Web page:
Restoration News: Heinkel He 219 Night Fighter

Posted on Wed, July 30, 2014

Thursday, July 17, was an exciting day at the Paul E. Garber Restoration Facility, and another step towards the completion of one major aircraft currently undergoing restoration:  the wing of the Heinkel He 219 Uhu night fighter was prepared for its move to the Udvar Hazy Center in Chantilly, VA. The He 219 was Germany's best night fighter in World War II, and possibly the best night fighter of the war. It was a piston-engine aircraft specifically designed for night fighting operation — a status it shared with only one other aircraft in the war, the American Northrop P-61 Black Widow. Notable features include the first steerable nose wheel on an operational German aircraft, the world's first ejection seats on an operational aircraft, and cannons mounted to fire at an oblique angle (the so-called "Schräge Musik").

Heinkel He 219 Night Fighter

<p><span>The easy part, using nothing but manpower: The He 219 wing is rolled out of the paint booth, standing 4 m (13 feet) high and about 19 m (63 feet) long.</span></p>


The Museum’s He 219, built in 1944, has been undergoing restoration for many years. Its fuselage and engines are already exhibited at Udvar-Hazy Center. The wing — with a span of about approximately 19 meters (63 feet) — had undergone painting at the Garber paint shop, while being kept on a special-built, two-piece stand that would enable the restoration team to rotate the wing from an upright attitude to its normal horizontal position,  a necessary step to get the heavy and unwieldy object ready for transport on a flatbed truck.

Heinkel He 219 Night Fighter

<p>The wing rotation crew. Seventy years after their original production, the He 219's wing looks like new. Note the position of the <em>Balkenkreuz</em> on the outer wing panels. Although Luftwaffe regulations routinely specified that this insignia be placed parallel to the leading edge of the wing, Heinkel located it in a slightly different position, parallel to the spar, which was exactly reproduced by NASM experts. Clearly visible are the blue horizontal and yellow vertical stand the wing is mounted to.</p>


On the morning of July 17, 2014, about a dozen employees from the restoration workshop and the Collections Processing Unit (CPU) were involved in flipping the wings 90 degrees, a process that took three hours and involved some heavy lifting,  with the wings weighing in at about 2,223 kilograms (4,900 pounds), and the stand at an additional 454 kilograms (1,000 pounds).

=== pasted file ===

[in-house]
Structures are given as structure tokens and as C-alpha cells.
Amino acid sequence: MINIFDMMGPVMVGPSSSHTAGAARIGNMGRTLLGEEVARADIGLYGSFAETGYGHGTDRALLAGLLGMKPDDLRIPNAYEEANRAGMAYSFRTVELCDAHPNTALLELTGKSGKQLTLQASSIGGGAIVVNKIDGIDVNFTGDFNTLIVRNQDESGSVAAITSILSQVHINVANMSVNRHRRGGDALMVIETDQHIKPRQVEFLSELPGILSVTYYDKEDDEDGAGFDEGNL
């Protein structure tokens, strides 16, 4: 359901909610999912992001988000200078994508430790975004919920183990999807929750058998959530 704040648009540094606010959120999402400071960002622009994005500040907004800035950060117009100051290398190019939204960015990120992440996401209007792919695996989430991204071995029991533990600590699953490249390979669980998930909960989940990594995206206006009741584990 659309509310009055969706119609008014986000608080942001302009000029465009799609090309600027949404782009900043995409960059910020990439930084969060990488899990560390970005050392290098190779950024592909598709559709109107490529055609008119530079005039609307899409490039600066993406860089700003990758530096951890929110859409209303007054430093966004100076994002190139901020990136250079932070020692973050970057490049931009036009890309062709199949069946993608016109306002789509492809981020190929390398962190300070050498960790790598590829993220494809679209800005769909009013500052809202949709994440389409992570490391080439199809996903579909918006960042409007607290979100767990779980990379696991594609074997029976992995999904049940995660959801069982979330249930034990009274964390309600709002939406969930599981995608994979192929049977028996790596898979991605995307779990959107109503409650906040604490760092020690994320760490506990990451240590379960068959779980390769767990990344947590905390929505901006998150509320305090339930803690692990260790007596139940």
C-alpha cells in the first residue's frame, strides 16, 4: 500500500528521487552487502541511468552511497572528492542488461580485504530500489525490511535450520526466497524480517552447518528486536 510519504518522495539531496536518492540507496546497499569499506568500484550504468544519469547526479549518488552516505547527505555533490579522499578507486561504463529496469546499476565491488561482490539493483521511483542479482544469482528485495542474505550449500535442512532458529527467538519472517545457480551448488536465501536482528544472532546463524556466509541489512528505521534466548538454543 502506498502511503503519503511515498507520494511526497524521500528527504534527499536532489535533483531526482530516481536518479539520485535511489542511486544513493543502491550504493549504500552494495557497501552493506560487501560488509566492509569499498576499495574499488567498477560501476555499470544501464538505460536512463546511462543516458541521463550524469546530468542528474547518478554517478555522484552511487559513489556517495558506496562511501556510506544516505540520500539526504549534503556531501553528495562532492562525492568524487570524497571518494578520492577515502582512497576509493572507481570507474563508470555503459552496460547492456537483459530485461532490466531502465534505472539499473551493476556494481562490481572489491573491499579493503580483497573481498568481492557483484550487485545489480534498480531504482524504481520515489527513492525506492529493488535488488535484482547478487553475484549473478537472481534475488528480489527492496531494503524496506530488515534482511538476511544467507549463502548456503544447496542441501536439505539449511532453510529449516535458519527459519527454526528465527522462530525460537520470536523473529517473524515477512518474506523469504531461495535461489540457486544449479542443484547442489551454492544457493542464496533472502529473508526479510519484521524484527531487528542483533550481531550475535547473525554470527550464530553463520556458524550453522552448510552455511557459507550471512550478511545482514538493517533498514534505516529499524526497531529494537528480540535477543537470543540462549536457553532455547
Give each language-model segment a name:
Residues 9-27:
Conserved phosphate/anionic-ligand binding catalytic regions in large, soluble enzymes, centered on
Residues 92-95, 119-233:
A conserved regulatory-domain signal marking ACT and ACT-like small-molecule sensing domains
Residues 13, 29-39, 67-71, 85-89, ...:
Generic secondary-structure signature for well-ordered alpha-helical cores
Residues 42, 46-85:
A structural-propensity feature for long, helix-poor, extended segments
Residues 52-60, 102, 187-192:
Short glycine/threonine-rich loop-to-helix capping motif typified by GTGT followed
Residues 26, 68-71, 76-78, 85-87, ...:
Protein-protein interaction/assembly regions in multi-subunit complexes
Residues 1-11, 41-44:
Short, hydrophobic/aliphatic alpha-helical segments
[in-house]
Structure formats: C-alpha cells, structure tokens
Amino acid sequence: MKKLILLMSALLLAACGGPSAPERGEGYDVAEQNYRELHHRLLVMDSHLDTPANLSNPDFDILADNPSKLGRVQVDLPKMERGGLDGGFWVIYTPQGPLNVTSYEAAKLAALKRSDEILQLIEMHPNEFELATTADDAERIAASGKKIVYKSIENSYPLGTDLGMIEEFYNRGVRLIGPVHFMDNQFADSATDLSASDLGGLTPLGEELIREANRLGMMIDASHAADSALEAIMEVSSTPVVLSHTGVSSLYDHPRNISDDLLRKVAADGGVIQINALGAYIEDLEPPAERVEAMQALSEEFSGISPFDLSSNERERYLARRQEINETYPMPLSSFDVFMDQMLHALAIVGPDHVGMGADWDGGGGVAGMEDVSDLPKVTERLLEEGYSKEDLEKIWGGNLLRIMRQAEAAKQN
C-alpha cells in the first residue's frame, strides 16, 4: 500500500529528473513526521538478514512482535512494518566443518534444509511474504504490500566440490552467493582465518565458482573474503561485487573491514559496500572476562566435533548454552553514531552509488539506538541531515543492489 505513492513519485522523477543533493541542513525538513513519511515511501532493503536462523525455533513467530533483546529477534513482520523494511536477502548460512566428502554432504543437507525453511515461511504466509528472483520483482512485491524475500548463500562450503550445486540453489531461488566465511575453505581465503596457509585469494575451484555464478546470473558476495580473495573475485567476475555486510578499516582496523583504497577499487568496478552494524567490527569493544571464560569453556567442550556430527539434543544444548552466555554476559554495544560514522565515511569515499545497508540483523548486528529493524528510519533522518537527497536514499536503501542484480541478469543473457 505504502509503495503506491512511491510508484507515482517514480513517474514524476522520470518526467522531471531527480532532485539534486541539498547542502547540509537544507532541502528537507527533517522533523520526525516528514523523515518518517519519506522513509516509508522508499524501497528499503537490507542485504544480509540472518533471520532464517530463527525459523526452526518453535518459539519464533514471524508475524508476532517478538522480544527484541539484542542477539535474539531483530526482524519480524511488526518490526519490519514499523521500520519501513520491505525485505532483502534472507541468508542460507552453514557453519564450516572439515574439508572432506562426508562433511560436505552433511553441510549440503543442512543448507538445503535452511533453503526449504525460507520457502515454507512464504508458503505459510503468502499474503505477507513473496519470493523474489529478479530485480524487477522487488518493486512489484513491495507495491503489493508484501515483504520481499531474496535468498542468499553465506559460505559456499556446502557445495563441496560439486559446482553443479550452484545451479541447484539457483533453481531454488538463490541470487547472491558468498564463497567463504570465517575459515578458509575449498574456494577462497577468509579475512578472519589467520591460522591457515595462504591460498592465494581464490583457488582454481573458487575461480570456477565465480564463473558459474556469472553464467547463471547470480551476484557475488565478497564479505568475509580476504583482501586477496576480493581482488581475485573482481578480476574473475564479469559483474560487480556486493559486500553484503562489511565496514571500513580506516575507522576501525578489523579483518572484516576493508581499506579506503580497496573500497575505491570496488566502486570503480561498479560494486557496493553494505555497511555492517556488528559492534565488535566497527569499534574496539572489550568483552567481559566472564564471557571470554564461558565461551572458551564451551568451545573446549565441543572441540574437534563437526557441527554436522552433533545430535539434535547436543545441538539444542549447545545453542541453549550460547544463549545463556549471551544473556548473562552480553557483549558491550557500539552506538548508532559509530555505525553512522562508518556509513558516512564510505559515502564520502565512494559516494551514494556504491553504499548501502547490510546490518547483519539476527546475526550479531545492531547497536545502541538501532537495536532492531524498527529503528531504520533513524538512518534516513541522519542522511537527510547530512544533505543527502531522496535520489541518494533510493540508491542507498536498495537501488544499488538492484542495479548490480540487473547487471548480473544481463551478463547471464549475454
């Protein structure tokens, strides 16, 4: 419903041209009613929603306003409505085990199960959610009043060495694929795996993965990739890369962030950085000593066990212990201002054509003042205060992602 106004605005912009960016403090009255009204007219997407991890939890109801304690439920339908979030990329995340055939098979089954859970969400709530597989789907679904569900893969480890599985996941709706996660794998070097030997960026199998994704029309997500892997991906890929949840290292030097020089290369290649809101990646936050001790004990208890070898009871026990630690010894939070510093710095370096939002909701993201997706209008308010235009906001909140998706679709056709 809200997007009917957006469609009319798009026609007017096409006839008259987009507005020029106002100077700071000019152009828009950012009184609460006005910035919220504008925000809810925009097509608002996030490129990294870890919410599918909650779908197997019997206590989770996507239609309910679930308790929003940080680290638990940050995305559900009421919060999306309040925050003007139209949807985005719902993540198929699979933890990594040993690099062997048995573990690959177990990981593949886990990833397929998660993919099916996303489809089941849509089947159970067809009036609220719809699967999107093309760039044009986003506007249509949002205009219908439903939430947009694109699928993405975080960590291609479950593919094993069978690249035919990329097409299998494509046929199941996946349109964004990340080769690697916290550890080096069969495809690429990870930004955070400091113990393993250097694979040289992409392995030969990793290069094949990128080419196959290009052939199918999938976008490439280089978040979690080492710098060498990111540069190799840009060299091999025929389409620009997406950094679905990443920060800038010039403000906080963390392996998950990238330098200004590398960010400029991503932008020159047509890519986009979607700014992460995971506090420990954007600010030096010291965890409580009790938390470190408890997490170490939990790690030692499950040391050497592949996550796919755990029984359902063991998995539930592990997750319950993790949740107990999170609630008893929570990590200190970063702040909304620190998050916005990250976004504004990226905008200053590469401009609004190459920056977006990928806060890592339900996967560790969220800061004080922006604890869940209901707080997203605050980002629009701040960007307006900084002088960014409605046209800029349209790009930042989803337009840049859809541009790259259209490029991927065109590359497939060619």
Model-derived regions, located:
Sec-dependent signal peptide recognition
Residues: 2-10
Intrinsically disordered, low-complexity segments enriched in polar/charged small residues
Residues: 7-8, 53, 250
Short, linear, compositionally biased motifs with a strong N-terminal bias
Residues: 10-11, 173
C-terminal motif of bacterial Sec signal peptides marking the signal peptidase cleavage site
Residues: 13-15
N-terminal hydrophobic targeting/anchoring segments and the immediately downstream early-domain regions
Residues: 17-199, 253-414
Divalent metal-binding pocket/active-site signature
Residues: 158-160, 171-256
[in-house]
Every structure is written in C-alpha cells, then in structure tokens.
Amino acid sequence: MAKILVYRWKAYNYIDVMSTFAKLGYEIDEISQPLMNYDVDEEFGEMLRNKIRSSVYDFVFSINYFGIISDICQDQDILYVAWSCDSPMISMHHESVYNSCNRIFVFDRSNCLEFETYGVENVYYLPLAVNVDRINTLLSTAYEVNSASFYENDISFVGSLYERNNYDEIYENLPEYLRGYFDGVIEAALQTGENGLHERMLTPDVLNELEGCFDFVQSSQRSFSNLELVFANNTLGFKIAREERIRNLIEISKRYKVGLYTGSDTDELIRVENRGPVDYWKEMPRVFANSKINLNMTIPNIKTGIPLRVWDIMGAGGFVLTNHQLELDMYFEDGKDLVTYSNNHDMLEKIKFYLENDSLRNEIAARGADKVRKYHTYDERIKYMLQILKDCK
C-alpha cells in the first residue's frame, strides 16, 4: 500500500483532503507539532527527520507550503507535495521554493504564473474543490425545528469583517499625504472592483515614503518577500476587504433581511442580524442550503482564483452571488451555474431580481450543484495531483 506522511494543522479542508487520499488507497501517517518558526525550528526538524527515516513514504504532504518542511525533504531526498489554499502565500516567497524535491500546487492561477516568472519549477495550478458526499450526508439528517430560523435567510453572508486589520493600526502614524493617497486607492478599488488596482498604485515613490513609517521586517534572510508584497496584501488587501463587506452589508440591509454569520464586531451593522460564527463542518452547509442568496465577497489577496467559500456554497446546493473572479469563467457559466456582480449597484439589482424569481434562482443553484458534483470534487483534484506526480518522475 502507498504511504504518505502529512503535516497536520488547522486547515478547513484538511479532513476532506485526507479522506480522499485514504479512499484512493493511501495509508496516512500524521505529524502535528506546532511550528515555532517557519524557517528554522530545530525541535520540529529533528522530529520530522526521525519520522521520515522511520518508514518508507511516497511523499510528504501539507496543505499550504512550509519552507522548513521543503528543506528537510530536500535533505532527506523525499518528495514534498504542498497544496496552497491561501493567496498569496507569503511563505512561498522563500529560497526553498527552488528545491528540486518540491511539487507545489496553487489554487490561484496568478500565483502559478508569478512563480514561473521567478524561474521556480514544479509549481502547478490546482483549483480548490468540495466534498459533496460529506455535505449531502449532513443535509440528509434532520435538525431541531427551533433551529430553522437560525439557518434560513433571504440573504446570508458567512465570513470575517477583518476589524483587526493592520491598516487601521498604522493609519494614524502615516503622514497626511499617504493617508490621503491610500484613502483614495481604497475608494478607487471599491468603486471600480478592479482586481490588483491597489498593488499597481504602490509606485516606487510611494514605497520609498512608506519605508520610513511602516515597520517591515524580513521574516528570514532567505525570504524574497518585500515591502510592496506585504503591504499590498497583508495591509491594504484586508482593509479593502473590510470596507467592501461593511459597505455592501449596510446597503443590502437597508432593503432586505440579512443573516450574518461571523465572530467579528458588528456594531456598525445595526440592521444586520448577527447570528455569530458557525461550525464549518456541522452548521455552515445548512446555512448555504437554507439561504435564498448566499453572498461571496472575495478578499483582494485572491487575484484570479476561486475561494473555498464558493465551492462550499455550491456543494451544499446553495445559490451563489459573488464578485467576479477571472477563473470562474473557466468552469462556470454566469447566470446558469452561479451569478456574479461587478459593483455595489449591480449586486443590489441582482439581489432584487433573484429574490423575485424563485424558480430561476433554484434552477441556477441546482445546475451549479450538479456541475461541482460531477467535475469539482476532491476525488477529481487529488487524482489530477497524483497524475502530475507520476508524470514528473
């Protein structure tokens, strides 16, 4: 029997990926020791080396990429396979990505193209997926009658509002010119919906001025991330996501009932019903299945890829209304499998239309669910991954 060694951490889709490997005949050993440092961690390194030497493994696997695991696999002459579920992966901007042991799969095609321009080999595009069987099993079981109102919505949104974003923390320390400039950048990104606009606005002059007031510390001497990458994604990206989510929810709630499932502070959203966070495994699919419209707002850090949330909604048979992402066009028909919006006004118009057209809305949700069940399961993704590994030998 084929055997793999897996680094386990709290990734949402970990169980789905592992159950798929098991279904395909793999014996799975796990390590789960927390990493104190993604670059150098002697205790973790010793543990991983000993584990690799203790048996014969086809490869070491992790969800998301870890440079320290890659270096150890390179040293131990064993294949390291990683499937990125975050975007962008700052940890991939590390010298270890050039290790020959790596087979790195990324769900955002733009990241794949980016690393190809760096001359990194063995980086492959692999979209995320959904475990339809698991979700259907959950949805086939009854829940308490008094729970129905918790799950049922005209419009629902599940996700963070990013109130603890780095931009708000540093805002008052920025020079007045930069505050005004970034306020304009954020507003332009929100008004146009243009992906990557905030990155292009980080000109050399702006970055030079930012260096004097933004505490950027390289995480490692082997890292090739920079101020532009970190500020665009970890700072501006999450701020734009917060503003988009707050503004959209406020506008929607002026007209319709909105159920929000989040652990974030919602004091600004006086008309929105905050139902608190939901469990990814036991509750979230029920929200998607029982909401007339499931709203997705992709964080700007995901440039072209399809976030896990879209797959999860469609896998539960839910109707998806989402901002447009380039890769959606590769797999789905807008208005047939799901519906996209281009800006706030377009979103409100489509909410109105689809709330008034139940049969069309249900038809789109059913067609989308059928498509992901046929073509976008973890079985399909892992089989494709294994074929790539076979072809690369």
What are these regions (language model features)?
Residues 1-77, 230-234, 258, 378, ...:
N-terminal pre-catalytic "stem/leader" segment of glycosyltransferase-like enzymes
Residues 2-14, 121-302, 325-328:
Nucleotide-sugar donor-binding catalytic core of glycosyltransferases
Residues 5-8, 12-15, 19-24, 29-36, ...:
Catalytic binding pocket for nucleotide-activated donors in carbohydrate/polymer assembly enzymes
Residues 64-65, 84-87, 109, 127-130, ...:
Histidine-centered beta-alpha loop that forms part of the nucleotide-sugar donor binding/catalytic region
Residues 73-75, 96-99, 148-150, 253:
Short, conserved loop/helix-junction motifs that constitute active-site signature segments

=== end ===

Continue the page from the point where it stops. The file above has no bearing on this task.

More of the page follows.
Heinkel He 219 Night Fighter

<p>To lift the wing from the first stand, straps are attached to the wing lifting fixtures. Here, Dave Wilson and Tony Carp check the position of these straps.</p>

To lift the wing from the first stand, straps are attached to the wing lifting fixtures. Here, Dave Wilson and Tony Carp check the position of these straps.


Within the weeks to come, the wing will be taken to the Udvar-Hazy Center where it will receive its final coat of green/blue Wellenmuster (wave pattern) camouflage paint, before being assembled with the fuselage later this year. Meanwhile, curatorial staff, restoration experts, and volunteers are working on the last major component toward the completion of the aircraft — the replacement of the He 219’s famous ”stag antlers” FuG 220 antenna array. The Museum’s aircraft lost its antenna at some point in its lifetime. An original FuG 220 antenna array from a European museum will be brought to the Udvar-Hazy Center later this year, where Museum staff will reverse-engineer the components, in order to complete the night fighter’s identity. Once finished, our He 219 will be the only aircraft of its kind on display worldwide.

Heinkel He 219 Night Fighter

<p>After removing the first stand, heavy equipment was employed in rotating the wing 90°. Patiently and precisely, all equipment is put in place, and two staff members act as true "wingmen," closely watching the wing as it is rotated. </p>


Heinkel He 219 Night Fighter

<p>Once on the ground, wing and stand are measured one more time to determine the needs for their final transport. Subsequently, the wing was rolled back into the paint shop, and is now ready to be shipped to Udvar-Hazy Center. </p>